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Saturday, 19 May 2012

FAQ: How do I get my dog to wear clothes?


I'm asked this question a lot because I am always posting pictures of Digby in his little outfits. The main reason I'm writing this is so that you don't think that Digby is just a magical and very tolerant dog by default (but it does help that he can put up with a lot) but so you know that even Digby has to work hard to look this good.


Most people would say that they don't see the point in making this much effort just to have a dog who will put up with something unnecessary. I disagree - it gets your dog used to being handled and you can both have a lot of fun doing it. 

1. Remain calm!
Don't get frustrated with your dog if they aren't co-operating. Try to end on a positive note and come back to the dog later. Dogs know when you are getting angry and it does upset them. An upset dog will not co-operate.

2. Associate clothes with good experiences!
I'd recommend starting with just one item of clothing. Get it out and put it on the floor. Put a treat or two on it (or even use it as a food bowl at dinnertime) and let the dog learn that clothes aren't a death sentence. Get the dog used to it because let's face it - the concept is very foreign to them.

3. Go slowly.
Once your dog is comfortable with the clothing being around you can step it up a bit - now with this next part only you know your dog so proceed at the pace your dog is comfortable. Put the clothes on your dog, feeding the dog treats as you are doing it (or offering praise if your dog is not food motivated). An extra pair of hands is helpful here but don't stress if you don't have them. Keep the clothes on the dog for a short period of time. If you're anything like me you'll get the dog to sit/look cute, take a few pictures (while treating after each shot) and as soon as the positive happy experience is over take it off. We can work our way up to leaving it on for extended periods later.

4. Accessorize!
Accessories (hats, glasses, etc) can be fun - but very tricky. It is unnatural for a dog to wear clothes - let alone accessories. You'll need to go slowly with this, as the dog can remove the items on their own and they have the control. Not you. If your dog tries to bite the hat/glasses etc on approach you'll need to utilize your earlier training. In Digby's case I held the glasses (with clear lenses so as not to hurt his eye) near his face and told him "leave it". Whenever he ignored the glasses he got a treat. Once you find what works for you, it's time to try putting the glasses on your dog. You'll need a lot of patience and you'll need to pick a moment when your dog is relaxed. NOT having a brachycephalic dog would be helpful too, but lets not get into that...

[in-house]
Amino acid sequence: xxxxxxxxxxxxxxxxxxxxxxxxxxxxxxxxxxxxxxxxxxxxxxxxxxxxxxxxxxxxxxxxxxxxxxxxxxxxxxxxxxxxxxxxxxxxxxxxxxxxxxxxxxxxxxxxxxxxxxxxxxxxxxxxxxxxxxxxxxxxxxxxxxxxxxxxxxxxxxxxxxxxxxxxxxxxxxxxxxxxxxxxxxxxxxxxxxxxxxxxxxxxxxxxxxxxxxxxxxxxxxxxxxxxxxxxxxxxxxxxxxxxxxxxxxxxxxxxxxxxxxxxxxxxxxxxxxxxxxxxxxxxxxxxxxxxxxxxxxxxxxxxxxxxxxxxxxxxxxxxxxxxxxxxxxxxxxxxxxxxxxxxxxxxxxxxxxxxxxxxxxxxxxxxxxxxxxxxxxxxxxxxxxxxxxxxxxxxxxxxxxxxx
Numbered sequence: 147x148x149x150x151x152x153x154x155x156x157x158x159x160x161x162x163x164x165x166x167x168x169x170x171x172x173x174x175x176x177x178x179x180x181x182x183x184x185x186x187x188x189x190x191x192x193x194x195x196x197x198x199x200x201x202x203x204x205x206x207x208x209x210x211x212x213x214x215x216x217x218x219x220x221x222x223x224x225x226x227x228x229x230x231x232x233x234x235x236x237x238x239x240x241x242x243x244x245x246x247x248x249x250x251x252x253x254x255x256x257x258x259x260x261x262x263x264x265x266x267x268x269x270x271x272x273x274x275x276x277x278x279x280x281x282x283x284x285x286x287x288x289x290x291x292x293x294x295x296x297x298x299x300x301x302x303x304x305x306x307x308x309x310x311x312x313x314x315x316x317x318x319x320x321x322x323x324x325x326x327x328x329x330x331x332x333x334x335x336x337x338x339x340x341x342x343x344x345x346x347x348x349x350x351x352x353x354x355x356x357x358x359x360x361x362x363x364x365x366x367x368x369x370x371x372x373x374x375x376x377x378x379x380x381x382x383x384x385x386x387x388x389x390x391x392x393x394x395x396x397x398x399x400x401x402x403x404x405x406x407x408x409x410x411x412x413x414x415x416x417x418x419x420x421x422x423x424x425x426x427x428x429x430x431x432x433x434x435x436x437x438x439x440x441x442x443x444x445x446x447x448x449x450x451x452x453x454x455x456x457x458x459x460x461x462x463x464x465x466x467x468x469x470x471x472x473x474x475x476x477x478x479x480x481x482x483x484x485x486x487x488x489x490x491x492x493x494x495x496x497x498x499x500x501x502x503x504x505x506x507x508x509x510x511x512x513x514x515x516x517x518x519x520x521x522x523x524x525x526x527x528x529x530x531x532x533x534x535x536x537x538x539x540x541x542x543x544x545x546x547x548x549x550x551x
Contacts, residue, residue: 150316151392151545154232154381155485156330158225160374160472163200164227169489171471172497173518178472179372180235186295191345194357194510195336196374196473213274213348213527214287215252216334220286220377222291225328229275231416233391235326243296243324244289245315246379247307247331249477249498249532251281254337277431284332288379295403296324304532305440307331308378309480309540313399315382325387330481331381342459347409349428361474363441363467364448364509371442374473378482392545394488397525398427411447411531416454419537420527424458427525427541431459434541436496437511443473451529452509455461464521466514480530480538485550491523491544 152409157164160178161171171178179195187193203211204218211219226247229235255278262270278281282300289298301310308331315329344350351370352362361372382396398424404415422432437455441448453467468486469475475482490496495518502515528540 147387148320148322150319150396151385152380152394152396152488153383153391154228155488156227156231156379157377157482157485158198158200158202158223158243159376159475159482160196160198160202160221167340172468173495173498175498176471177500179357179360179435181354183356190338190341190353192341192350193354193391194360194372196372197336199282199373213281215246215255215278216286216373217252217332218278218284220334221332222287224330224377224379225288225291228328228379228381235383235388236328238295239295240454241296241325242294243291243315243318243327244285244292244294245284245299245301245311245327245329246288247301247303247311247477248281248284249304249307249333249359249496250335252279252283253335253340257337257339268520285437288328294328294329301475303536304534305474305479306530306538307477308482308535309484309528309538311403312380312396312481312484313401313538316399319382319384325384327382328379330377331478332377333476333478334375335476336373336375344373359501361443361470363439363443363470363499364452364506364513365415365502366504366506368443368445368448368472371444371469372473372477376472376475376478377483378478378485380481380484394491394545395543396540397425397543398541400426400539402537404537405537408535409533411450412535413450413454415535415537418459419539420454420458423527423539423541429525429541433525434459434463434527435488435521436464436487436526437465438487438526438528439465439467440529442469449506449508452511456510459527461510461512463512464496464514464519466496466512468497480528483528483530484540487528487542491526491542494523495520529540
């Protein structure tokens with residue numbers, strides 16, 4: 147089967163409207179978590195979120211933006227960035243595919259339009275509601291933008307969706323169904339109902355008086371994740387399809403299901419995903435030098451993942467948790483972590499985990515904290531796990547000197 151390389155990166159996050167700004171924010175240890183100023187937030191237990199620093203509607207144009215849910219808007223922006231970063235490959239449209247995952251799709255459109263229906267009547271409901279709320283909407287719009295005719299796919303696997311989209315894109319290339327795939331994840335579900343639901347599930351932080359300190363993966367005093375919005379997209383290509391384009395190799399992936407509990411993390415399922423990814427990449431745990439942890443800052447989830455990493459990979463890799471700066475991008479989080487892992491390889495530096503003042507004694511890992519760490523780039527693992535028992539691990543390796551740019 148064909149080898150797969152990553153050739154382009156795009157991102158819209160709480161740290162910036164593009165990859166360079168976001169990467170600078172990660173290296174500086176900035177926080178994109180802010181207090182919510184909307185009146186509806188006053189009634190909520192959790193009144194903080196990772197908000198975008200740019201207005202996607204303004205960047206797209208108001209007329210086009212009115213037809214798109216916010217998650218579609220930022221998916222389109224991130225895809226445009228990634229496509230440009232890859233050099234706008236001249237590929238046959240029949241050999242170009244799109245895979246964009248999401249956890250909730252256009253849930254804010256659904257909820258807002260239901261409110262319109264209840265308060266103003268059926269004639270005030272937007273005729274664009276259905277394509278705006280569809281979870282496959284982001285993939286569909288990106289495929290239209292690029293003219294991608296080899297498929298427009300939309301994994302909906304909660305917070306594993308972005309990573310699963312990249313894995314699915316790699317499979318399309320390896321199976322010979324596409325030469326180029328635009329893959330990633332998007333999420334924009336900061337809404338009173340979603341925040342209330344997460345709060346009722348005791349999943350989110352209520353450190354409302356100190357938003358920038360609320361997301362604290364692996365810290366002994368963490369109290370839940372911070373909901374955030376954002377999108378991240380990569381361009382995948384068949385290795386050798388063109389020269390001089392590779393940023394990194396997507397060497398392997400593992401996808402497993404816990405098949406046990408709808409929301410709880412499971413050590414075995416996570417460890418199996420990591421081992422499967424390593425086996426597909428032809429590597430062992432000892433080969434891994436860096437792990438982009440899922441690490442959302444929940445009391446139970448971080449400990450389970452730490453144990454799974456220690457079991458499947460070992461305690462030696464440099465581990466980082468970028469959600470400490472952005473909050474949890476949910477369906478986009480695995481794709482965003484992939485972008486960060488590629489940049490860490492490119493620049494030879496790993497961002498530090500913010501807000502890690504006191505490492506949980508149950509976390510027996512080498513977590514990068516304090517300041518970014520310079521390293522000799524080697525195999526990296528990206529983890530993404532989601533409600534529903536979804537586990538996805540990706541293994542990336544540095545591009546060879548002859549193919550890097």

If you have any questions (or if there's anything else you'd like me to cover) leave a comment here or email digby@digbyvanwinkle.com.


3 comments :

  1. Wonderful advice! We put random things on our dog's head on occasion but I never realized there should probably be a process we should go through if we want her to keep them on... She usually paws it off within a few seconds but if she's tired, she'll just lay there glaring at us. hehe

    ReplyDelete
    Replies
    1. I turn everything into a training session. I think I have a problem...

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  2. Bloat is most common on deep-chested dogs and I've heard pros and cons to adjusting the height of water/food bowls for dogs. With a dog as big as a Great Dane, it is standard to have an elevated bowl. For your case, I'm not sure what would be the best to recommend in terms of height.

    ReplyDelete



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